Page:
JIHADI bride Shamima Begum has lost her legal battle to return to the UK to appeal over the removal of her British citizenship.
The Supreme Court today ruled in favour of the Government and said Begum cannot come back to Britain for a court case to reclaim her British passport.
The Government had fought to stop Shamima Begum being granted the right to come back to appeal after she was stripped of her British passport[/caption]
Begum was 15 when she left her home in Bethnal Green, East London and fled to Syria to marry an ISIS terrorist.
Then-Home Secretary Sajid Javid revoked her citizenship on national security grounds after she was discovered pregnant in a refugee camp in 2019 and announced she wanted to return to the UK.
Now 21, she has been stuck in northern Syria ever since.
The Court of Appeal last year said she should be allowed to return to the UK to pursue her appeal against the decision.
The court ruled that “the only way in which she can have a fair and effective appeal is to be permitted to come into the United Kingdom to pursue her appeal”
But the Government challenged the ruling at the Supreme Court and was backed by the highest court in the land today.
Priti Patel said allowing her to return to the UK “would create significant national security risks” and expose the public to “an increased risk of terrorism”.
Begum was 15 when she left Bethnal Green in East London and married an ISIS terrorist in Syria[/caption]
Priti Patel said Begum coming back to the UK ‘would create significant national security risks’[/caption]
When Begum was discovered and stripped of her citizenship, her own dad slammed her choice to run away to join the terror group.
Ahmed Ali said he was “on the side of the government” and condemned her lack of remorse before claiming he was misquoted.
Had Begum been able to leave the camp in Syria and return to the UK to launch her appeal, it is likely the Government would have struggled to send Begum back to a war-torn country.
Begum was one of three schoolgirls from Bethnal Green Academy who left their homes and families to join ISIS, shortly after Sharmeena Begum – who is no relation – travelled to Syria in December 2014.
Kadiza Sultana and Amira Abase, then 16 and 15 respectively, and Ms Begum boarded a flight from Gatwick Airport to Istanbul, Turkey, on February 17 2015, before making their way to Raqqa in Syria.
Begum claims she married Dutch convert Yago Riedijk 10 days after arriving in ISIS territory, with all three of her school friends also reportedly marrying foreign ISIS fighters.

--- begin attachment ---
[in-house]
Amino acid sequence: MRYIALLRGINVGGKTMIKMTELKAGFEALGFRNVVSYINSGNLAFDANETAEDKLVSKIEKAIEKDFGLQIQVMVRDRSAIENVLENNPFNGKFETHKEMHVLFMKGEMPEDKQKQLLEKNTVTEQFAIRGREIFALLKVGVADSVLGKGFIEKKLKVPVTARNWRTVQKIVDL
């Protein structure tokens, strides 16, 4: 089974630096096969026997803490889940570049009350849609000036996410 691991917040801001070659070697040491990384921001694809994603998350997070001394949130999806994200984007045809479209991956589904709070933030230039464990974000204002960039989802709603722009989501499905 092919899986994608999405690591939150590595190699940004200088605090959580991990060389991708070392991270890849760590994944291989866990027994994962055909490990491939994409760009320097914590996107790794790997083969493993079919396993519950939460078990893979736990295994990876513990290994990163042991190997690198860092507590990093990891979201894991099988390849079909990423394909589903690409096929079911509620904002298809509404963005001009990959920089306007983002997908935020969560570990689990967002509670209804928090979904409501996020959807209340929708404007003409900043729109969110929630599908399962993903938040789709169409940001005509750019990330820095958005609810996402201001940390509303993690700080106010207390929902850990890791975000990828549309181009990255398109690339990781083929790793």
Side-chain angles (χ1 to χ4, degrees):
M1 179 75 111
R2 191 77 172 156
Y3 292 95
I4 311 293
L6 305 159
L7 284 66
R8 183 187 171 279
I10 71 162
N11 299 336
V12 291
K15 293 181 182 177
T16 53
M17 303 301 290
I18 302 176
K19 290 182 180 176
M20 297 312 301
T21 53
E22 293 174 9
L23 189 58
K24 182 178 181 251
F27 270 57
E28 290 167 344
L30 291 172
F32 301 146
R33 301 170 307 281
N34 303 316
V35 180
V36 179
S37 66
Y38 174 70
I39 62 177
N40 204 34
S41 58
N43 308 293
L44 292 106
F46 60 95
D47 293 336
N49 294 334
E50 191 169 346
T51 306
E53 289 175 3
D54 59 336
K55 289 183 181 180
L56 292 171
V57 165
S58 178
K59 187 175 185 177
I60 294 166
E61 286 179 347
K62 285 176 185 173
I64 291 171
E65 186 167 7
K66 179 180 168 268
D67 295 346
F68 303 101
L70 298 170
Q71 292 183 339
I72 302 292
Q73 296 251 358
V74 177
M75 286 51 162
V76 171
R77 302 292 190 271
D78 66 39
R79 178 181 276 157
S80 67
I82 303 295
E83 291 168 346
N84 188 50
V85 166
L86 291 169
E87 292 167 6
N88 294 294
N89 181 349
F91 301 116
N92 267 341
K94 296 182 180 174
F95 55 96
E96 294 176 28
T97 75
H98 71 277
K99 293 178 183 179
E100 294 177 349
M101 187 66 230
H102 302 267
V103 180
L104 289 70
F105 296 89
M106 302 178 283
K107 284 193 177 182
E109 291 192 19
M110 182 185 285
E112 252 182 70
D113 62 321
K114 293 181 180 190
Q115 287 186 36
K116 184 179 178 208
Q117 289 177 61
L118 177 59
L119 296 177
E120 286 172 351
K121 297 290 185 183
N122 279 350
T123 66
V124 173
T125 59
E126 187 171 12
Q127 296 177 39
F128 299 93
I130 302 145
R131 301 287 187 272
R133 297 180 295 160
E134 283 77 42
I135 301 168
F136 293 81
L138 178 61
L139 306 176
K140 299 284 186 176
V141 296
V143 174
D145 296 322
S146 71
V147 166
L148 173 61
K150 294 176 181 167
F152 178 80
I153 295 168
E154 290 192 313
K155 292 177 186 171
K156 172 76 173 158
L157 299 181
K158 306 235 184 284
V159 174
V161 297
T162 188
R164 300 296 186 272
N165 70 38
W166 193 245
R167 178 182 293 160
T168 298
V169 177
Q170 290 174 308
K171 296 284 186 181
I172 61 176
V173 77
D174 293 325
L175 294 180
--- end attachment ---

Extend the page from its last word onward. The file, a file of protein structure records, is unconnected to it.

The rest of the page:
She told The Times last February that she left Raqqa in January 2017 with her husband but her children, a one-year-old girl and a three-month-old boy, had both since died.
What did Shamima Begum do?
Begum used her elder sister’s passport to flee with her Bethnal Green Academy friends.
The trio flew to Turkey and then crossed the border into Syria with the aid of smugglers.
Within weeks of arriving, Shamima was married to Isis jihadi Yago Riedijk, 27, from Holland.
They had two children who died from malnutrition and disease.
The couple were separated as they fled Baghouz, the village where a few hundred Isis fighters were holed up in a desperate last stand.
Shamima ended up in a Kurdish refugee camp where she gave birth to her third child.
Eldest sister Renu revealed that her family had lost contact with her for the “longest time” until she was found by a Times journalist.
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She said in 2019: “I’m not the same silly little 15-year-old schoolgirl who ran away from Bethnal Green four years ago.
“I could not endure the suffering and hardship that staying on the battlefield involved.
“But I was also frightened that the child I am about to give birth to would die like my other children if I stayed on. So I fled the caliphate. Now all I want to do is come home to Britain.”
Shamima Begum has been stuck in a refugee camp in northern Syria since having her British passport revoked[/caption]